Good Morning Traders,
As of this writing 4:05 AM EST, here’s what we see:
US Dollar: Mar. USD is Up at 103.050.
Energies: February Crude is Up at 54.27.
Financials: The Mar 30 year bond is Down 19 ticks and trading at 150.02.
Indices: The March S&P 500 emini ES contract is 54 ticks Higher and trading at 2249.75.
Gold: The February gold contract is trading Up at 1152.60. Gold is 9 ticks Higher than its close.
This is not a correlated market. The dollar is Up+ and crude is Up+ which is not normal but the 30 year bond is trading Down-. The Financials should always correlate with the US dollar such that if the dollar is lower then bonds should follow and vice-versa. The indices are Up+ and Crude is trading Up+ which is not correlated. Gold is trading Up which is not correlated with the US dollar trading Up. I tend to believe that Gold has an inverse relationship with the US Dollar as when the US Dollar is down, Gold tends to rise in value and vice-versa. Think of it as a seesaw, when one is up the other should be down. I point this out to you to make you aware that when we don’t have a correlated market, it means something is wrong. As traders you need to be aware of this and proceed with your eyes wide open.
Asia traded mainly higher with the exception of the Japanese Nikkei exchange which traded lower. As of this writing all of Europe is trading higher.
Possible Challenges To Traders Today
– Final Manufacturing PMI is out at 9:45 AM EST. This is major.
– ISM Manufacturing PMI is out at 10 AM EST. This is major.
– Construction Spending m/m is out at 10 AM EST. This is major.
– ISM Manufacturing Prices is out at 10 AM EST. This is major.
We’ve elected to switch gears a bit and show correlation between the 30 year bond (ZB) and The YM futures contract. The YM contract is the DJIA and the purpose is to show reverse correlation between the two instruments. Remember it’s liken to a seesaw, when up goes up the other should go down and vice versa.
Last Friday the ZB made it’s move at around 9:30 AM EST right around the time the market opened. The ZB hit a low at around that time and the YM hit a high. If you look at the charts below ZB gave a signal at around 9:30 AM EST and the YM was moving higher at the same time. Look at the charts below and you’ll see a pattern for both assets. ZB hit a low at around 9:30 AM EST and the YM hit a high. These charts represent the newest version of Trend Following Trades and I’ve changed the timeframe to a 30 minute chart to display better. This represented a long opportunity on the 30 year bond, as a trader you could have netted about 30 plus ticks per contract on this trade. Each tick is worth $31.25. We added a Donchian Channel to the charts to show the signals more clearly.
Charts Courtesy of Trend Following Trades built on a NinjaTrader platform.
Last Friday we gave the markets an upside bias as the USD and the Bonds were trading down Friday morning and usually this indicative of an upside trend. The markets however had other ideas with the Dow dropping 57 points and the other indices losing ground as well. Today we aren’t dealing with a correlated market and our bias is to the upside.
Could this change? Of Course. Remember anything can happen in a volatile market.
So what happened last Friday? Why did the markets drop? Each and every time we get close to the proverbial 20,000 level the markets seem to retreat. Last Friday was the last trading day for 2016 but it was also the last trading day prior to a major holiday. So what happened? Typically on the last trading day before a major holiday the Smart Money (institutionals) like to head for the exit doors early with the mentality of “I’ve already made my money for the year” and they aren’t too concerning about the rest of the trading session. Today is the first trading day of 2017 and I typically never place trades on the first trading day of the New Year as you never know what the institutionals will do. Today we do have major economic news that could move the markets, we’ll have to monitor and see…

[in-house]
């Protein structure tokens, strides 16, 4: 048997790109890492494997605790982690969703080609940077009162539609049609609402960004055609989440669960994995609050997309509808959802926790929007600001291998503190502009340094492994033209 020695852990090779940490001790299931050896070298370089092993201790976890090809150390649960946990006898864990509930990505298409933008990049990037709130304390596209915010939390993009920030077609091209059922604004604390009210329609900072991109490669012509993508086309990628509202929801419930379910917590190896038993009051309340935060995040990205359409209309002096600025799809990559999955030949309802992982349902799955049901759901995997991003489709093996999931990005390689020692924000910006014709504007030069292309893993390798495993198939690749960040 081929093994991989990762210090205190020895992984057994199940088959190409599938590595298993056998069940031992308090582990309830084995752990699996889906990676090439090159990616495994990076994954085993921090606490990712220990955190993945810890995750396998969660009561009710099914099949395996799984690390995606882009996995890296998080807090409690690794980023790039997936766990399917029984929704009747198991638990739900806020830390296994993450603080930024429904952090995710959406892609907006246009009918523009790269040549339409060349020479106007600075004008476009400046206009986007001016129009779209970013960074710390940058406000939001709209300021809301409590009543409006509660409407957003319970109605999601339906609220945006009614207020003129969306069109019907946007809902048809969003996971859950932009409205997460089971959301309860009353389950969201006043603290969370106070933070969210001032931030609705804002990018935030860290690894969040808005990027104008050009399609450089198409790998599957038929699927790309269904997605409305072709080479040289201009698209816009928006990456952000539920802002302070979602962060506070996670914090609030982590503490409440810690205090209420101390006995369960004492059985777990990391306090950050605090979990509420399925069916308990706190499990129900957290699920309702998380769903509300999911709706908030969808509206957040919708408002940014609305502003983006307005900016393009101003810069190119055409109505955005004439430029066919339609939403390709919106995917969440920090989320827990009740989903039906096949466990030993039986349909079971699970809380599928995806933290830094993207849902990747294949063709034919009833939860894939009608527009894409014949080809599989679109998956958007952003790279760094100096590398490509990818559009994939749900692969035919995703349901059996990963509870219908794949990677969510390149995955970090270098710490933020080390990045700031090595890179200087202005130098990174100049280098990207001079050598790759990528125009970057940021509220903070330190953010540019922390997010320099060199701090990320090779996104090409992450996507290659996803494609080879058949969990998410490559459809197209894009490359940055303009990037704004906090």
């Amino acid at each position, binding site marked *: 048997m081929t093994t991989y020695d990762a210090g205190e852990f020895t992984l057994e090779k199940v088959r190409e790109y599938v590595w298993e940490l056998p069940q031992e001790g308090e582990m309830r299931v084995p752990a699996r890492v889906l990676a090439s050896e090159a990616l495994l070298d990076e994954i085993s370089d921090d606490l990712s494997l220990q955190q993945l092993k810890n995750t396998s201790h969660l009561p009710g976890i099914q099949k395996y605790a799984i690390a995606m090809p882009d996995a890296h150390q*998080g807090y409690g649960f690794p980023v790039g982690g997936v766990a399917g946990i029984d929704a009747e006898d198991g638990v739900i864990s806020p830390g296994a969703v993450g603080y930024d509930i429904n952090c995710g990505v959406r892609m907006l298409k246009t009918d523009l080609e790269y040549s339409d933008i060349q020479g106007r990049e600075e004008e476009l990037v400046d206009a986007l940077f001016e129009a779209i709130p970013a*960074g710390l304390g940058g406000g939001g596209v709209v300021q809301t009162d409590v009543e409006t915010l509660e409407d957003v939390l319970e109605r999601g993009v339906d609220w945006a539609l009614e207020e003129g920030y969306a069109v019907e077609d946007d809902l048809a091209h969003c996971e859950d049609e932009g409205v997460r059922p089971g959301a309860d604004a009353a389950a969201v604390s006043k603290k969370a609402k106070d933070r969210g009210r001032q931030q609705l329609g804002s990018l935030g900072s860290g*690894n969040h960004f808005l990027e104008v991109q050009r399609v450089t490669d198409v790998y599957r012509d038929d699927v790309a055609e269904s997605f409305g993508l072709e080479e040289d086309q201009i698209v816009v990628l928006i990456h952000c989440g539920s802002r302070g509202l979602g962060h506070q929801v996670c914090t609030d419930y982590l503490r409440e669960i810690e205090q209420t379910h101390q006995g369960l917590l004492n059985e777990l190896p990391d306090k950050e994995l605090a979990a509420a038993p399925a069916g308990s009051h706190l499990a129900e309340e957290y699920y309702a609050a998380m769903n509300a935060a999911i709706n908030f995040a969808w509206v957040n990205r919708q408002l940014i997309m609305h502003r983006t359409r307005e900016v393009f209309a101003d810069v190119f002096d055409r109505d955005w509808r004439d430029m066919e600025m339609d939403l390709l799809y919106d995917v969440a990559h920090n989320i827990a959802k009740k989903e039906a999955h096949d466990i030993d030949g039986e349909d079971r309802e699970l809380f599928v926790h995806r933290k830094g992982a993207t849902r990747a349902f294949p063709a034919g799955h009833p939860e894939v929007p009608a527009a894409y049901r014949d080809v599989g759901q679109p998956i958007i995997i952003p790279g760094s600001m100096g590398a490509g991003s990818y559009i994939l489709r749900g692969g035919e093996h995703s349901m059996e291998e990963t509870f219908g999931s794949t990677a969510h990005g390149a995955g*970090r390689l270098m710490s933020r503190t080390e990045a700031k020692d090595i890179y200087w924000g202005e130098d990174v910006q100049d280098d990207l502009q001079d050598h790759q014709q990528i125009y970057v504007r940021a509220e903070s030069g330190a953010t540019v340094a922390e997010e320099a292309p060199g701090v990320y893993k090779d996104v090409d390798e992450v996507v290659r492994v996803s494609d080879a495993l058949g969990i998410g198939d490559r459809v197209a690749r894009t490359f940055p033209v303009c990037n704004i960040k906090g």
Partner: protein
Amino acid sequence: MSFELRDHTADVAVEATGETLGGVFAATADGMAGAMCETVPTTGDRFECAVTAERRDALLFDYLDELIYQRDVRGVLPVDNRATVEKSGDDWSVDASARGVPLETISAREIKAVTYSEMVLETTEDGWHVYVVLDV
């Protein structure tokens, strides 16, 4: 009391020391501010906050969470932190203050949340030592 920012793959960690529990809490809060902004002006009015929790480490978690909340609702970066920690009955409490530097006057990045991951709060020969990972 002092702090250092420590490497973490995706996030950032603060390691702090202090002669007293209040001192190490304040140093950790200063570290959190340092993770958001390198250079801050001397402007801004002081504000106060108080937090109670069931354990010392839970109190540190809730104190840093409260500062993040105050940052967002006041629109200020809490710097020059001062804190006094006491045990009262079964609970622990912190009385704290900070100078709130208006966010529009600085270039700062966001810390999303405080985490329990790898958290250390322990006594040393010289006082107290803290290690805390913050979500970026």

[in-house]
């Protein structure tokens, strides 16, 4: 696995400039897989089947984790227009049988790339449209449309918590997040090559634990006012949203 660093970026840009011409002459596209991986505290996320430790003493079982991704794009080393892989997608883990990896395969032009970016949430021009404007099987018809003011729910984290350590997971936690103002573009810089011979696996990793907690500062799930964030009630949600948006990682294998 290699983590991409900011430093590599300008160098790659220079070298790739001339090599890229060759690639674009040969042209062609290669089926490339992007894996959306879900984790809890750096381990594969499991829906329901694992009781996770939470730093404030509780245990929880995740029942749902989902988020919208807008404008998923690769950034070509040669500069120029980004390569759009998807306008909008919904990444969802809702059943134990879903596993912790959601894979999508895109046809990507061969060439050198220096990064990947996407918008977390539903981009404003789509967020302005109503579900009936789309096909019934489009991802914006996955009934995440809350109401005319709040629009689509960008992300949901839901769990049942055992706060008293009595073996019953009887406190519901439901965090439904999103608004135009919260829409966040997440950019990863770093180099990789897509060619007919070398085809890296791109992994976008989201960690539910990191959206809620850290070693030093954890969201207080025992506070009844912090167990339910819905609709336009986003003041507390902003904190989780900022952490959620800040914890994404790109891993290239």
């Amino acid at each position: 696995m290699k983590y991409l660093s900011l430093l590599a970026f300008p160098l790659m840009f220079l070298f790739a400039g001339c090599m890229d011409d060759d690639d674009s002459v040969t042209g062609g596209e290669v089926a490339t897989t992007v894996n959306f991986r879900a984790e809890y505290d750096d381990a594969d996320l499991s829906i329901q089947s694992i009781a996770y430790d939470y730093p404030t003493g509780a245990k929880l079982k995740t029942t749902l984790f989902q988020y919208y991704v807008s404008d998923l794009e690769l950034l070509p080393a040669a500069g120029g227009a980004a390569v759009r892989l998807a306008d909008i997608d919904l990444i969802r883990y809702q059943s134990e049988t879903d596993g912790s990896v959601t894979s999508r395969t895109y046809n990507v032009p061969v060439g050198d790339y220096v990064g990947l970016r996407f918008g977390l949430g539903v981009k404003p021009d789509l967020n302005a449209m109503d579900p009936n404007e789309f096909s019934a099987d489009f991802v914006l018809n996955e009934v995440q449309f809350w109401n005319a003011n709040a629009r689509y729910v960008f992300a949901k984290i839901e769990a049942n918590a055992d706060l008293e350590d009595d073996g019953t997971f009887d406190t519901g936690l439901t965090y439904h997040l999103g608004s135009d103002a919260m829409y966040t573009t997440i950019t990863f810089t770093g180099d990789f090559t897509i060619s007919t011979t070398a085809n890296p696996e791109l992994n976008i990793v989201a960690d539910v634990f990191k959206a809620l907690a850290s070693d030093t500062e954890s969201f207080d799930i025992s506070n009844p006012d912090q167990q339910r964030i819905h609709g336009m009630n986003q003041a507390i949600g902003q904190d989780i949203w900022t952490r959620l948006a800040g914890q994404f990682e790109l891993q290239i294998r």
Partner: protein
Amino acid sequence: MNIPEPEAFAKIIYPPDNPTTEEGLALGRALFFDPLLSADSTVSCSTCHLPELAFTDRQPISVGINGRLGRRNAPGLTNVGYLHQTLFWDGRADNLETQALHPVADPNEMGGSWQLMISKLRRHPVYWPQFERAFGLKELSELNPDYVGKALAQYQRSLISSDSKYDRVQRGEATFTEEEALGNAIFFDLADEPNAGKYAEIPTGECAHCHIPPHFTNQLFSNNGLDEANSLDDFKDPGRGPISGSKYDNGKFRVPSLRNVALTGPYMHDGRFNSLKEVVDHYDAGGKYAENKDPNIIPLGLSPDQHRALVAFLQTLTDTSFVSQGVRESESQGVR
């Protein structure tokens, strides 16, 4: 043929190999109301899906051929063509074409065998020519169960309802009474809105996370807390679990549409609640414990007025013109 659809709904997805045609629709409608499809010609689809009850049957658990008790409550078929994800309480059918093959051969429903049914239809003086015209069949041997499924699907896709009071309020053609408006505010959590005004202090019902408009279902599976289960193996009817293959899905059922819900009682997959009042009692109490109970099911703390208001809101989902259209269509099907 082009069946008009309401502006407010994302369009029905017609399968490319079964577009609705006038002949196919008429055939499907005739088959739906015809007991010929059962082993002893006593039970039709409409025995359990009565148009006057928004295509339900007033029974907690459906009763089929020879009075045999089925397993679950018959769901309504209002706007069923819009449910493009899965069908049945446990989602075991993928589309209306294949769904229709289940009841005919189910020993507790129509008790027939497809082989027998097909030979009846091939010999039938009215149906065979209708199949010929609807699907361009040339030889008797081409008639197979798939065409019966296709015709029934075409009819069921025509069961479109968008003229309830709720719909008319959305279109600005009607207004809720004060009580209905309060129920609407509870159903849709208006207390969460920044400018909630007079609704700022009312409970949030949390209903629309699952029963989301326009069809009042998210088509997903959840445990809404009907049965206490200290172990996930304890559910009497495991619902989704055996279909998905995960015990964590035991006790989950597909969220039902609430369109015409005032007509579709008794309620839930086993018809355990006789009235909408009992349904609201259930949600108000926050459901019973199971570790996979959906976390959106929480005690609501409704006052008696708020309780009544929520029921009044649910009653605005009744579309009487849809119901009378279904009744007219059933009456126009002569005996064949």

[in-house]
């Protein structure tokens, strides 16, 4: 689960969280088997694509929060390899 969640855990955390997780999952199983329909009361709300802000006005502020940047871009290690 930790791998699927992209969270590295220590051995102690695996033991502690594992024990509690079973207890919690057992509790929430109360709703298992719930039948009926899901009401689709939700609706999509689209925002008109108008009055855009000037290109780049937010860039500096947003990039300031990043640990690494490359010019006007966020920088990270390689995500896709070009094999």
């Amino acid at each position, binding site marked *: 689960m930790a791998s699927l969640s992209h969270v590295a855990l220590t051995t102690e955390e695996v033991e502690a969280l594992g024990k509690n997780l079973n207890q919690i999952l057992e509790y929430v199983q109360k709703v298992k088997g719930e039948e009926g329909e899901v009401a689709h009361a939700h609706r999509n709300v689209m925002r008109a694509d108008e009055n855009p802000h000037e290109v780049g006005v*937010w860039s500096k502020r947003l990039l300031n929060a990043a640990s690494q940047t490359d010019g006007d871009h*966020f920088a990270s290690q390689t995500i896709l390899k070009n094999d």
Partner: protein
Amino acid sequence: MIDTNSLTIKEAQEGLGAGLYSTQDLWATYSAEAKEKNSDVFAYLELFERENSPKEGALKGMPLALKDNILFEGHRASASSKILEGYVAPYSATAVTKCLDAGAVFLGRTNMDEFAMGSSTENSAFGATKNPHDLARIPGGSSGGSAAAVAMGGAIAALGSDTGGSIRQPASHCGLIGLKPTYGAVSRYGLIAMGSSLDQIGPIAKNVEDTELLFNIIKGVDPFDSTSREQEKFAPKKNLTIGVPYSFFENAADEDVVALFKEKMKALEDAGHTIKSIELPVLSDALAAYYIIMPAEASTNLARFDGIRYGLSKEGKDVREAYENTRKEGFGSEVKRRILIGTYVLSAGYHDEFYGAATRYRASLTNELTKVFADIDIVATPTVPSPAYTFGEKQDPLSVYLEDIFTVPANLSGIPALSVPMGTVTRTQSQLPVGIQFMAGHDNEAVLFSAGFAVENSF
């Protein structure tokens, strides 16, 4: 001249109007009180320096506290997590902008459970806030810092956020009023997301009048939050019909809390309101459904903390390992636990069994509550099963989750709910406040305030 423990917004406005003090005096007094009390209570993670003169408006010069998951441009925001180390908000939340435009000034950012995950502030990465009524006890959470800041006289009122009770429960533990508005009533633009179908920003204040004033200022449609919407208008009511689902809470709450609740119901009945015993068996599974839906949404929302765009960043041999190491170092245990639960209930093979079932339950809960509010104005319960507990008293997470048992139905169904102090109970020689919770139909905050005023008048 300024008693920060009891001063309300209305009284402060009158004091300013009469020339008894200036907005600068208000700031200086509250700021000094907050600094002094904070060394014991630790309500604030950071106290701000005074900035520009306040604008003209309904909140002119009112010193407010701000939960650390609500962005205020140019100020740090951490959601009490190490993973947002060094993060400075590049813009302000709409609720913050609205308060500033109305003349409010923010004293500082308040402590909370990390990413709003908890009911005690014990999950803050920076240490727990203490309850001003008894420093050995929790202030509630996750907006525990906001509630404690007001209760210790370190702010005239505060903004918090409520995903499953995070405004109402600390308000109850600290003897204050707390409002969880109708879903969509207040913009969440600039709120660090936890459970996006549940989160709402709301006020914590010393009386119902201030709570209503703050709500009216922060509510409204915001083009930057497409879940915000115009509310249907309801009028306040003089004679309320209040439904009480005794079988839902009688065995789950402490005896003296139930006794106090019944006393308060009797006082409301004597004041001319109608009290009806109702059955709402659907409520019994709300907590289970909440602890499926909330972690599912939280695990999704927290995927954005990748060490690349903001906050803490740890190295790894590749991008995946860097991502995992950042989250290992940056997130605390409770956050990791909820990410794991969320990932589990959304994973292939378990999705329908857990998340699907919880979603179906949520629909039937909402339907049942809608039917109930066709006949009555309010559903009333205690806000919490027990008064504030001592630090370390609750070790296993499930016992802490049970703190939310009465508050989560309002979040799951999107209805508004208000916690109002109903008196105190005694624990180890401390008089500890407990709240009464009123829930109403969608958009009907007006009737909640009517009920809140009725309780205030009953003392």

Trading performance displayed herein is hypothetical. The following Commodity Futures Trading Commission (CFTC) disclaimer should be noted.
Hypothetical performance results have many inherent limitations, some of which are described below. No representation is being made that any account will or is likely to achieve profits or losses similar to those shown.
In fact, there are frequently sharp differences between hypothetical performance results and the actual results subsequently achieved by any particular trading program. One of the limitations of hypothetical performance trading results is that they are generally prepared with the benefit of hindsight.
In addition, hypothetical trading does not involve financial risk, and no hypothetical trading record can completely account for the impact of financial risk in actual trading. For example, the ability to withstand losses or to adhere to a particular trading program in spite of trading losses are material points which can also adversely affect actual trading results.
There are numerous other factors related to the markets in general or to the implementation of any specific trading program which cannot be fully accounted for in the preparation of hypothetical performance results and all of which can adversely affect actual trading results.
Trading in the commodities markets involves substantial risk and YOU CAN LOSE A LOT OF MONEY, and thus is not appropriate for everyone. You should carefully consider your financial condition before trading in these markets, and only risk capital should be used.
In addition, these markets are often liquid, making it difficult to execute orders at desired prices. Also, during periods of extreme volatility, trading in these markets may be halted due to so-called “circuit breakers” put in place by the CME to alleviate such volatility. In the event of a trading halt, it may be difficult or impossible to exit a losing position.